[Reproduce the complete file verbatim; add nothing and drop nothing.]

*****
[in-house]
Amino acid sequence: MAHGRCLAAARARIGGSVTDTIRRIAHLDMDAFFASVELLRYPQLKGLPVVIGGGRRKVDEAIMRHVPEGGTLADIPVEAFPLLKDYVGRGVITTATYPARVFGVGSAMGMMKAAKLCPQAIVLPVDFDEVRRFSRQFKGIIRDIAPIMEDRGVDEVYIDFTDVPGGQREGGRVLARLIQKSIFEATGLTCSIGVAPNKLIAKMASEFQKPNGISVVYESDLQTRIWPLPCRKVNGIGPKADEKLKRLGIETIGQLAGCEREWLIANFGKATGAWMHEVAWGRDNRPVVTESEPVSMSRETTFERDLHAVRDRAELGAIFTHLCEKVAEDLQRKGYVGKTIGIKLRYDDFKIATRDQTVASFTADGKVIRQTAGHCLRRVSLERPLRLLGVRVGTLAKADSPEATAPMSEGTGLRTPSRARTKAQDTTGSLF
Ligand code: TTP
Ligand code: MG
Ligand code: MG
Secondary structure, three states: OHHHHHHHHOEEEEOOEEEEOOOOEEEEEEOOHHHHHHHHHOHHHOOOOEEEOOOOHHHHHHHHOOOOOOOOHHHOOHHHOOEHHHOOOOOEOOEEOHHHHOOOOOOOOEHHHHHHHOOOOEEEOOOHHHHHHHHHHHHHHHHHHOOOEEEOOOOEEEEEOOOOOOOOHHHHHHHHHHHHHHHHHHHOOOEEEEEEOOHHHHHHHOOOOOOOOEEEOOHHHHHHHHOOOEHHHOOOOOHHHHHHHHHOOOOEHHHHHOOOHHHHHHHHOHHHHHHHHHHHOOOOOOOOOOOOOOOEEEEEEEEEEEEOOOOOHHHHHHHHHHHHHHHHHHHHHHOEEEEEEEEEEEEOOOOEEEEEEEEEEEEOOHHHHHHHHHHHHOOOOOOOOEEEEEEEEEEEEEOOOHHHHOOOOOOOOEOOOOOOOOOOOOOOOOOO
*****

[in-house]
Amino acid sequence: MAHGRCLAAARARIGGSVTDTIRRIAHLDMDAFFASVELLRYPQLKGLPVVIGGGRRKVDEAIMRHVPEGGTLADIPVEAFPLLKDYVGRGVITTATYPARVFGVGSAMGMMKAAKLCPQAIVLPVDFDEVRRFSRQFKGIIRDIAPIMEDRGVDEVYIDFTDVPGGQREGGRVLARLIQKSIFEATGLTCSIGVAPNKLIAKMASEFQKPNGISVVYESDLQTRIWPLPCRKVNGIGPKADEKLKRLGIETIGQLAGCEREWLIANFGKATGAWMHEVAWGRDNRPVVTESEPVSMSRETTFERDLHAVRDRAELGAIFTHLCEKVAEDLQRKGYVGKTIGIKLRYDDFKIATRDQTVASFTADGKVIRQTAGHCLRRVSLERPLRLLGVRVGTLAKADSPEATAPMSEGTGLRTPSRARTKAQDTTGSLF
Ligand code: TTP
Ligand code: MG
Ligand code: MG
Secondary structure, three states: OHHHHHHHHOEEEEOOEEEEOOOOEEEEEEOOHHHHHHHHHOHHHOOOOEEEOOOOHHHHHHHHOOOOOOOOHHHOOHHHOOEHHHOOOOOEOOEEOHHHHOOOOOOOOEHHHHHHHOOOOEEEOOOHHHHHHHHHHHHHHHHHHOOOEEEOOOOEEEEEOOOOOOOOHHHHHHHHHHHHHHHHHHHOOOEEEEEEOOHHHHHHHOOOOOOOOEEEOOHHHHHHHHOOOEHHHOOOOOHHHHHHHHHOOOOEHHHHHOOOHHHHHHHHOHHHHHHHHHHHOOOOOOOOOOOOOOOEEEEEEEEEEEEOOOOOHHHHHHHHHHHHHHHHHHHHHHOEEEEEEEEEEEEOOOOEEEEEEEEEEEEOOHHHHHHHHHHHHOOOOOOOOEEEEEEEEEEEEEOOOHHHHOOOOOOOOEOOOOOOOOOOOOOOOOOO